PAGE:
So i reply to you above no win situation, yes you are probably right, but history has shown we can hope for something better. Maybe it is plain societies karma to live in the dark with the idea of hope.

    Sincerely,
    V

    ReplyDelete
  2. Manolis GeorgiadesMarch 2, 2016 at 10:52 AM

    So in a state of panic, throwing family members we dislike (for any reason) off the boat is moral and legal?

    ReplyDelete
  3. "It remains to be seen whether any European country can effectively close its borders against a mass migration but it seems certain that Greece, because of its sea border, cannot."

    I am not convinced.

    The following post reminds us of Syriza's pre-election campaign:

    http://odosdrachmis.blogspot.gr/2016/02/blog-post_43.html

    Among other interesting things Syrza's program states:

    "Γι' αυτό βρισκόμαστε στον αντίποδα μιας λογικής που ορθώνει την Ελλάδα-φρούριο, την Ευρώπη-φρούριο, και υποστηρίζουμε το δικαίωμα στην ελεύθερη και ασφαλή είσοδο και το άσυλο."

    "We oppose barriers in Greece and barriers in Europe, we support free and safe entrance for immigrants/ refugess."

    It seems obvious that Syriza campaigned in favor of an open-border policy. Who's to say that it didn't implement it? The massive influx of immigrants/ refugees suggests so. It wouldn't be the first mistake that Syriza did.

    ReplyDelete
    Replies
    1. I assume that's a reference to alleged "pushbacks" by the greek coastguard during 2013-2014. (You can google some survivors accounts easily).

      There were credible allegations of italy doing it too, before the NGO's began more intrusive monitoring. It's illegal, a clear breach of the 1951 Refugee Convention (Articles 32 and 33)

      It's possible, of course, that Syriza has an ideological commitment over and above international law to giving refuge. It would hardly be surprising. Many ex-communists in Greece have periods of exile in their biographies.

      Delete
    2. @ Anonymous at 6:19
      You seem to have the Geneva Convention on hand. I would be curious what kind of 'force majeure' or 'emergency situation' clauses there are in the document. It would be highly unusual if there weren't. If 5 million refugees were to go to Malta, Malta must have the right to protect its own survival. I find it interesting that, contrary to what everyone else says, the Austrian government has said to have legal advice that it is acting with the law, treaties and conventions. They don't reveal the details, though. Any agreement can be challenged by lawyers. Lawyers found a way around many things in the last years such as the no bail-out clause or the ECB prohibition to fund governments. I would be interested to know the vulnerabilities of the Geneva Convention, if you are in a position to provide details. Thank you.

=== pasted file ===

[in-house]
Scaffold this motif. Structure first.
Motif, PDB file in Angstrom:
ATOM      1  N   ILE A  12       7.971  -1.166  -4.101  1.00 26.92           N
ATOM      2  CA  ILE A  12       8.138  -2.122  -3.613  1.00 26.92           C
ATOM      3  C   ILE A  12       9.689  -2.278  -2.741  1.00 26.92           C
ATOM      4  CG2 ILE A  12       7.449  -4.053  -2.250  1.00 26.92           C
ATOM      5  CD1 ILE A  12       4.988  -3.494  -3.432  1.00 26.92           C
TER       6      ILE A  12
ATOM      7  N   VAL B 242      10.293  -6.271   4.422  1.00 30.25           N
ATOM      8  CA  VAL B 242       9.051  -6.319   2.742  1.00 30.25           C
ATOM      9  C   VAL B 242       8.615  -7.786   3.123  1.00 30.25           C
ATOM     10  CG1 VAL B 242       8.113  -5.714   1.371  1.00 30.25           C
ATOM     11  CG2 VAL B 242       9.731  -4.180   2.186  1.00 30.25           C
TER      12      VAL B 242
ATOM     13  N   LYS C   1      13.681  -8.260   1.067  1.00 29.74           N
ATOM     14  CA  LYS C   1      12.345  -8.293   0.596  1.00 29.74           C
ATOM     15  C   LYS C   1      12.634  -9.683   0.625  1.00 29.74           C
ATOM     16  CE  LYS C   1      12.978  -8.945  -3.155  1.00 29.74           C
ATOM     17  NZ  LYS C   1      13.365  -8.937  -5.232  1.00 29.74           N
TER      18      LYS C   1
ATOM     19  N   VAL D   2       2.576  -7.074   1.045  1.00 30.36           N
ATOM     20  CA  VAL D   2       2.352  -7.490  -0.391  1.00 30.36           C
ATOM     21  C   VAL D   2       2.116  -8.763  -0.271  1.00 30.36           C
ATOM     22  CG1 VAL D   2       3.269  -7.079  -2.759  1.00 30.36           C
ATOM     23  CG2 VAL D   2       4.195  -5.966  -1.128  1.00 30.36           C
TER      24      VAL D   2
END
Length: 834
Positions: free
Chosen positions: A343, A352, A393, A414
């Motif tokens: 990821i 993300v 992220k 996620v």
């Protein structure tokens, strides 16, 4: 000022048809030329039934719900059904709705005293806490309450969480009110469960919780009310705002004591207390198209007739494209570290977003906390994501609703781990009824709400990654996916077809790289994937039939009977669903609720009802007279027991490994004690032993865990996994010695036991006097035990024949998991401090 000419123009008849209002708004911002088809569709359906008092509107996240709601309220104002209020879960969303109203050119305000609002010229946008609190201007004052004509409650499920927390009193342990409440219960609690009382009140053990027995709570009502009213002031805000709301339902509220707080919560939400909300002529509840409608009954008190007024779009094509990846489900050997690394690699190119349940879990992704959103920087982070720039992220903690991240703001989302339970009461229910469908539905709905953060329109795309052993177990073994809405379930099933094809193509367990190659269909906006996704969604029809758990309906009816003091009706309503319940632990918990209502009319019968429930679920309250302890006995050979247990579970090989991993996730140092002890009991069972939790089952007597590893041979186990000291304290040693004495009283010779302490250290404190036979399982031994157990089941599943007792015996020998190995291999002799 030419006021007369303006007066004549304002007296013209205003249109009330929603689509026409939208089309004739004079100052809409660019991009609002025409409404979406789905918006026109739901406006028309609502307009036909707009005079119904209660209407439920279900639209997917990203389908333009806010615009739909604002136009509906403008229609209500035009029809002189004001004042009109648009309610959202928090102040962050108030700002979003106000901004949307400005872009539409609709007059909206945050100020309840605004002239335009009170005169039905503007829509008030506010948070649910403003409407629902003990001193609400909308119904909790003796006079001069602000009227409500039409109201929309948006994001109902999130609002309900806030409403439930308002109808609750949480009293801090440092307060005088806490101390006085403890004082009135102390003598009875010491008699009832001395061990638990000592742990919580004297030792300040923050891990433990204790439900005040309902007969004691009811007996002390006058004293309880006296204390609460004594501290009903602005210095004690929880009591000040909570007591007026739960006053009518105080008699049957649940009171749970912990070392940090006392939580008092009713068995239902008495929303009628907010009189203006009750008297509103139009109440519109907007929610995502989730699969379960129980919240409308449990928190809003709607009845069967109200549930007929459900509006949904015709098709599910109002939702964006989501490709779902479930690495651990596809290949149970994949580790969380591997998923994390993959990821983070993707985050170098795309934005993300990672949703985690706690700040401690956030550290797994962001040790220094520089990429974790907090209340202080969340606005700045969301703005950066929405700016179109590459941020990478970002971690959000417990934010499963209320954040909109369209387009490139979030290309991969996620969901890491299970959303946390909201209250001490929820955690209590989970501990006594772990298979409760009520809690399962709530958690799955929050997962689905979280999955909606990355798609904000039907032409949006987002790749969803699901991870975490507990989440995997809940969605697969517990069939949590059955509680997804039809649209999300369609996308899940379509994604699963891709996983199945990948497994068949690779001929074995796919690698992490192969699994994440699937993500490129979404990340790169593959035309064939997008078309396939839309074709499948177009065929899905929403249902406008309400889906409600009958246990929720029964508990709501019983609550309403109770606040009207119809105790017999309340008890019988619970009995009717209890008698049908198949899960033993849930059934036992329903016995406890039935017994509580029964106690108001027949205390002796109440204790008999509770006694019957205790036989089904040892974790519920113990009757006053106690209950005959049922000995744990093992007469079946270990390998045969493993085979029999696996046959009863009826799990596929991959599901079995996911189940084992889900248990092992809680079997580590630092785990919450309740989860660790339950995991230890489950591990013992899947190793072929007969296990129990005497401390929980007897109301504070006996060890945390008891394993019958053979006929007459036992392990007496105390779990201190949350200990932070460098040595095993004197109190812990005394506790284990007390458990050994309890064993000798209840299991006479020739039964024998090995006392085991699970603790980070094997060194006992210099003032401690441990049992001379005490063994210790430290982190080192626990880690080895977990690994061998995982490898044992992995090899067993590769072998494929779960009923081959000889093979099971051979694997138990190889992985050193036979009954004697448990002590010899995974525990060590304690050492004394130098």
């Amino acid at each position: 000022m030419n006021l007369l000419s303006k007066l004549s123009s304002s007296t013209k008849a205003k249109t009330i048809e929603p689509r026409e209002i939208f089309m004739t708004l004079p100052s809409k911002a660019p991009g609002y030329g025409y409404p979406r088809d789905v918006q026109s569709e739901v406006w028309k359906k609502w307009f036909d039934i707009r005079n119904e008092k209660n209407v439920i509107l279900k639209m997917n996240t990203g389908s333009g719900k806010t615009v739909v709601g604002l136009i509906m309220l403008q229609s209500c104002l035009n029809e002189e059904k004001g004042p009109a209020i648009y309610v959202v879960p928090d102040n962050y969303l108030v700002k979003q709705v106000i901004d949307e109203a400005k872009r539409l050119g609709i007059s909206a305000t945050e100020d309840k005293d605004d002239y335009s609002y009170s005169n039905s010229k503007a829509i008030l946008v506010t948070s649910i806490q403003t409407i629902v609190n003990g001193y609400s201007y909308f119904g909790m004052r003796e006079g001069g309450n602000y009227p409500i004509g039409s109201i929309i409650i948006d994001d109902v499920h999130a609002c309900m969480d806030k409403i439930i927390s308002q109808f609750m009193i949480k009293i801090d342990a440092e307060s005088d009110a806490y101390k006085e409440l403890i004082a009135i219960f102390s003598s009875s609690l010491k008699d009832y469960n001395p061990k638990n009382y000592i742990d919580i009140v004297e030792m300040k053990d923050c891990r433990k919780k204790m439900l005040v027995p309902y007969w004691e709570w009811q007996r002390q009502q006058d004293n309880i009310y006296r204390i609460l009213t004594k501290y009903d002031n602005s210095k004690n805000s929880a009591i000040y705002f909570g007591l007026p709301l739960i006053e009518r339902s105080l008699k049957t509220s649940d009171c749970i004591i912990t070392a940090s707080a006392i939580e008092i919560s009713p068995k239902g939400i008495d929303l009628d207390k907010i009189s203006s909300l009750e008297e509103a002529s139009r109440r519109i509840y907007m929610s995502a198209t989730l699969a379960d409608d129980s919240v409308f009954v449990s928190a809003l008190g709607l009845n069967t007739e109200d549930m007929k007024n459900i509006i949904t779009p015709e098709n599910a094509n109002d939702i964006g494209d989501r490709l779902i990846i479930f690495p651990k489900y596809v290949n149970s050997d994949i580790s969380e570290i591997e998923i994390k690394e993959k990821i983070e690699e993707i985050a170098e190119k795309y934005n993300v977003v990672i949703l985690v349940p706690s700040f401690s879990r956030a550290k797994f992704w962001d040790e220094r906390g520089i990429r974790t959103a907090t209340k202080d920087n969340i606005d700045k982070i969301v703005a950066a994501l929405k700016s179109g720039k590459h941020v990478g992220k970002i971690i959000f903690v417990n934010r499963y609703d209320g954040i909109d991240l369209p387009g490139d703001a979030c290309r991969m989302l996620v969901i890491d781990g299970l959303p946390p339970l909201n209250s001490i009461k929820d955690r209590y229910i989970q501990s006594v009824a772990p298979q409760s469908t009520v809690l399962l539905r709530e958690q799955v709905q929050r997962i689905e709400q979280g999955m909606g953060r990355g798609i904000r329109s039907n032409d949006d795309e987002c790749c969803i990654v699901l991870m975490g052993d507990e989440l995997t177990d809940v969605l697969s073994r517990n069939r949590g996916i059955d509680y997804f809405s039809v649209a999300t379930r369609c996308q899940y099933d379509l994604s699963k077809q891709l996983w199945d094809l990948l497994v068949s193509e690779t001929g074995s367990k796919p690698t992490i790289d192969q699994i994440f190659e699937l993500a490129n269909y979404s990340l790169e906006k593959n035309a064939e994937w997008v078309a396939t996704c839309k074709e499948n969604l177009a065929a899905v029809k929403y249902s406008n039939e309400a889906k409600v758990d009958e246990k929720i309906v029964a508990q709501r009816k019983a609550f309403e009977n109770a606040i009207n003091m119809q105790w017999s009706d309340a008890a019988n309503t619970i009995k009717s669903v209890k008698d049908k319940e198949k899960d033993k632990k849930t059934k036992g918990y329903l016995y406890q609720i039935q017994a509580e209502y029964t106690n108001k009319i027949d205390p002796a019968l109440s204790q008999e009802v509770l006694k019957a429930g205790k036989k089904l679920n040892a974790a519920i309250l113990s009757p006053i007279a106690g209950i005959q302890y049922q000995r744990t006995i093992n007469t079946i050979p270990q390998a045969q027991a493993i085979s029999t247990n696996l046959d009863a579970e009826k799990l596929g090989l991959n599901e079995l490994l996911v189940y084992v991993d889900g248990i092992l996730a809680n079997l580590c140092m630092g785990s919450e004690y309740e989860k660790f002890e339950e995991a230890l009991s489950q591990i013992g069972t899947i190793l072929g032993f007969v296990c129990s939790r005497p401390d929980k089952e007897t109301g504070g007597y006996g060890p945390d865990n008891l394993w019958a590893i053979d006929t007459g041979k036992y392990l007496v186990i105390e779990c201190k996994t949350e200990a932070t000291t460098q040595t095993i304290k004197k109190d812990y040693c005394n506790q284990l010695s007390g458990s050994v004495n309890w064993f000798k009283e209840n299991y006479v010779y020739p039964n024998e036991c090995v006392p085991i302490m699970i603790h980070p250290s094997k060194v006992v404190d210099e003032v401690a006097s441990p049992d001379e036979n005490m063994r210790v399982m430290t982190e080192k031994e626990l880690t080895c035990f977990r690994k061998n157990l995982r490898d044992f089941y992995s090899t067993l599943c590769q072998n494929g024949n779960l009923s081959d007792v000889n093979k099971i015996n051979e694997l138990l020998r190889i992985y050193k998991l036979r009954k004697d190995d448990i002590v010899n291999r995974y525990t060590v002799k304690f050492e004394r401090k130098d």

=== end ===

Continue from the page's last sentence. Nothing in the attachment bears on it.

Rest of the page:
Delete
    3. no, sorry I'm not a lawyer. You can find references to the protection provided by Articles 32 and 33 by searching for "non-refoulement", and the UNHCR has a good site on the treaty:

      http://www.unhcr.org/pages/49da0e466.html

      which includes all the national reservations.

      As far as I know, (the wiki article on non-refoulement), the Australian argument for it's offshore asylum-policy being legal, not refoulement, is that it's only refoulement if they are in the national territory. At sea, they can be taken elsewhere.

      Obviously, that only applies to a sea border, not a land border.

      Delete
    4. I agree with our blog author. This comment must be commented upon.
      The short answer is this: the comment by Jim Slip is correct but irrelevant.
      First the correct part. It is true that SYRIZA was spewing shit about accepting all refugees and giving them papers to go
      anywhere they wanted. Just like the Greek Communist party is saying now. They were trying to pull down the metal fence
      at Evros, for example. Obviously the time honoθred incompetence of the Greek state, coupled with the almost certain effort
      by some ministers to ignore the problem because it seemed that the refugees were leaving quickly, makes Greeks guilty of
      making the problem worse. This has created a huge political problem, both for PM Tsipras and the EU leadership, as it makes